Charleston, SC Posts

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Would you be offended as the buyers agent if...

So I received an offer on one of my listings! I should be excited right?! Well, the pre-approval letter is from a no-name broker.  I called the loan officer to verify the buyer's approval status. When I asked if she could verify that he had his downpayment, she said no, but she had reviewed the credit, but not employment or bank statements.  He's planning to go FHA, so I'm wondering why it hasn't been run through automatic underwriting.  So then I asked who would the loan be placed with and she named a bank that historically was known for BC loans. I didn't know any of those still existed anymore, but that's beside the point. Also, the fact that this bank was involved on the other end of 2 other sales where I represented the seller and after 60 days, still no closing.  We gave the buyer the choice of going through an approved lender or losing earnest money.  My lender closed the deal in 2 weeks.  So I called my seller to tell them the good and bad news.  We got a good offer, but I don't have a whole lot of confidence in the buyer's pre-qual letter.  They are going to be relocating out of the area so it's not a good idea to wing this.  I feel that I have done enough FHA loans and had enough bad experiences to go with my gut.  After discussing with my seller, we decided to request the buyer get pre-approved with another lender with a namesake and I gave a list of preferred lenders.  We wouldn't hold the buyer to the preferred lender as long as they could be approved, but would feel more comfortable and secure moving forward if we had someone else run it through automated and give a 2nd opinion.  I left a voice mail and email for the agent and haven't heard back.  Would you as the agent or the buyer be totally offended?  Actually, the agent even mentioned to be that she had never heard of the lender.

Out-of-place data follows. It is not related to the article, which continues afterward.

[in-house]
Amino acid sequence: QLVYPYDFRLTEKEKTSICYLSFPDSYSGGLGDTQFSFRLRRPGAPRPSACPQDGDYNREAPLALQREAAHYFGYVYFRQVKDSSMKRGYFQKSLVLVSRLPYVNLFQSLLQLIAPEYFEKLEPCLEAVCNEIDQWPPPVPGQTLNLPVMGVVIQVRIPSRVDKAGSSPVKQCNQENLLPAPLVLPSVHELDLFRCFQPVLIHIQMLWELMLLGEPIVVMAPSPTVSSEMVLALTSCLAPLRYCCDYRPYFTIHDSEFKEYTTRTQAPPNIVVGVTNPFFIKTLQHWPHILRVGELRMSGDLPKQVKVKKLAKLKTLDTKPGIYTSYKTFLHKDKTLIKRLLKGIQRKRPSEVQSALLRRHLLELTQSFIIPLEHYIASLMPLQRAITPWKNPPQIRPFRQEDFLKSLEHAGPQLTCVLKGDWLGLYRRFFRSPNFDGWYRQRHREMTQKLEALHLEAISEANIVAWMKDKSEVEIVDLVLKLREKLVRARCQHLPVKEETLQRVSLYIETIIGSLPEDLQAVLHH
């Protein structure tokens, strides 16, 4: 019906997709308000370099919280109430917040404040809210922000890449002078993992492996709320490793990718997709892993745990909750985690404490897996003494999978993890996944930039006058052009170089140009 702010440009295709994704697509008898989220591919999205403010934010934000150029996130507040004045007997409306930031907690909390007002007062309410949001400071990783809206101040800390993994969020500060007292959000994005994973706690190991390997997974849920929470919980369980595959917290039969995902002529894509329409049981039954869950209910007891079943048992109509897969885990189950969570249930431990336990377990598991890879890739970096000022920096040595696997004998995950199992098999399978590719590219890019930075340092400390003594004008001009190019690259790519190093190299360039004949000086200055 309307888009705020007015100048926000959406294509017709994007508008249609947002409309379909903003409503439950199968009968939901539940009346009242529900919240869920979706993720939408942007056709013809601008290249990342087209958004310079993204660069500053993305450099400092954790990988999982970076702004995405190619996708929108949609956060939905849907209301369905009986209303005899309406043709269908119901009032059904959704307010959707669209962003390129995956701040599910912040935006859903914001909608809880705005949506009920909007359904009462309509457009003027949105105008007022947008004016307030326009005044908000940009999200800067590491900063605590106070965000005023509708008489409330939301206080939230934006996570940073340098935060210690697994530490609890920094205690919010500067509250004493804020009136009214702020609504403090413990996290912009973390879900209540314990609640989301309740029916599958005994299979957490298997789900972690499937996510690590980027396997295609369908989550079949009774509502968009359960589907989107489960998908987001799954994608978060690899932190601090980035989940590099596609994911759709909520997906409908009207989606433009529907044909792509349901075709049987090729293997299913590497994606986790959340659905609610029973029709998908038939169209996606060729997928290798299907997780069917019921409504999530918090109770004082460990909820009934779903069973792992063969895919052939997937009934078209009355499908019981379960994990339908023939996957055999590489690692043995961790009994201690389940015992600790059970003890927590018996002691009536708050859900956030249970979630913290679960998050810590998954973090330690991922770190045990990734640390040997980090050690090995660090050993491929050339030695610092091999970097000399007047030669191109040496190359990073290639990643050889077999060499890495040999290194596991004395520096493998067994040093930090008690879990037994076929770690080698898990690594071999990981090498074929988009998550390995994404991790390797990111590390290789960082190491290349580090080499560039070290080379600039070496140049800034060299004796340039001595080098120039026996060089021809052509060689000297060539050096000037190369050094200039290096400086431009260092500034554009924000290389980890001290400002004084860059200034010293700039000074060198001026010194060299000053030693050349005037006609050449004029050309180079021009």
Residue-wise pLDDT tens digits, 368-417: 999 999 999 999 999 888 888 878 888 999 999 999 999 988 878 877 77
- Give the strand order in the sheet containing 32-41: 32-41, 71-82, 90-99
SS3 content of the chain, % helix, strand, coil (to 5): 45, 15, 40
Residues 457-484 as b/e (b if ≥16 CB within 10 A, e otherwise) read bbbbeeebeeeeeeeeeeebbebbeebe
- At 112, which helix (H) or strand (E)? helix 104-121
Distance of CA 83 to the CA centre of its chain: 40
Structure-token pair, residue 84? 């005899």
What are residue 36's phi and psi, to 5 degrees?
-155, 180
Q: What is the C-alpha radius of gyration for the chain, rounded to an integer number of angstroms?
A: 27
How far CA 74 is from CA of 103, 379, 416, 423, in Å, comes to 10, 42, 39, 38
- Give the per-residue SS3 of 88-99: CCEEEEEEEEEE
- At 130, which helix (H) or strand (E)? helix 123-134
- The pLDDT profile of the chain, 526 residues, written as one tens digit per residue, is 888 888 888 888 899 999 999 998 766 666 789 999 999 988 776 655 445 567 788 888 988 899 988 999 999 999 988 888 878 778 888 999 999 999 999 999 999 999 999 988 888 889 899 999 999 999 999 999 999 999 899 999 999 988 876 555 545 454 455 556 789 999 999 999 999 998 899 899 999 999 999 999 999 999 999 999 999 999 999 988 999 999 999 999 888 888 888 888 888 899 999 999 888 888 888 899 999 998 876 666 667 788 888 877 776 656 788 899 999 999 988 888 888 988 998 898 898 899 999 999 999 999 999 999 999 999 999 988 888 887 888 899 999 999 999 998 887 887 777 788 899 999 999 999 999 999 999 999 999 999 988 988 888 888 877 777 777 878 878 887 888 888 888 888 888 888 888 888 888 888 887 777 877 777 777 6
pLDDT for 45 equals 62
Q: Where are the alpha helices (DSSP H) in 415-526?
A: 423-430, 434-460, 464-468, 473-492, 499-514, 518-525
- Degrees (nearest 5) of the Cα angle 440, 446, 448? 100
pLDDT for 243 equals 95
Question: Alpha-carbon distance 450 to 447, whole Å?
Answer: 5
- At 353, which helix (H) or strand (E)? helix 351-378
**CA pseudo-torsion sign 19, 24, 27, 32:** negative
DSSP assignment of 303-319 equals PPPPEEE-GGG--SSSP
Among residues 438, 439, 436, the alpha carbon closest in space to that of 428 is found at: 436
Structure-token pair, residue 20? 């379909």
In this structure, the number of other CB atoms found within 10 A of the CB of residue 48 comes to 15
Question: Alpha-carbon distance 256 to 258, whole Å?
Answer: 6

Michele Reneau, ABR, GRI, CRS

www.CharlestonRelocationExperts.com

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Comment balloon 9 commentsMichele Reneau • May 31 2008 06:14PM

Comments

It is your job to look out for the seller. I personally would not want my buyers credit pulled just to satisfy the other party. That is just how i feel. But when you get a prequal from xyz company that you never heard of - I can understand why you would want to.

Posted by Rick Belben, Orlando Real Estate - Belben Realty Group (Belben Realty Group) over 10 years ago

Not an agent, but used to be the admin manager of a RE office.  I've seen some pretty shakey stuff and that was when you could get anyone approved... now with all the approval cutbacks, I wouldn't want to move the listing to AC status on questionable financing!

Posted by Melissa Marro, Jacksonville Real Estate and Home Staging (Keller Williams First Coast Realty - The Marro Team) over 10 years ago

I think it's yhour duty to follow through with those actions in order to protect the seller.  For sure need to make the pre-approval very real and legit.

Posted by Larry Bettag, Vice-President of National Production (Cherry Creek Mortgage Illinois Residential Mortgage License LMB #0005759 Cherry Creek Mortgage NMLS #: 3001) over 10 years ago

The short answer is, she should not be offended because it is NECESSARY now. Granted, with a broker she can move around if a lender collapses overnight (has happened, will continue to happen) the broker should be able to get a DU approval in a very short time frame. Does the mortgage broker have a good reason for not running it through DU yet?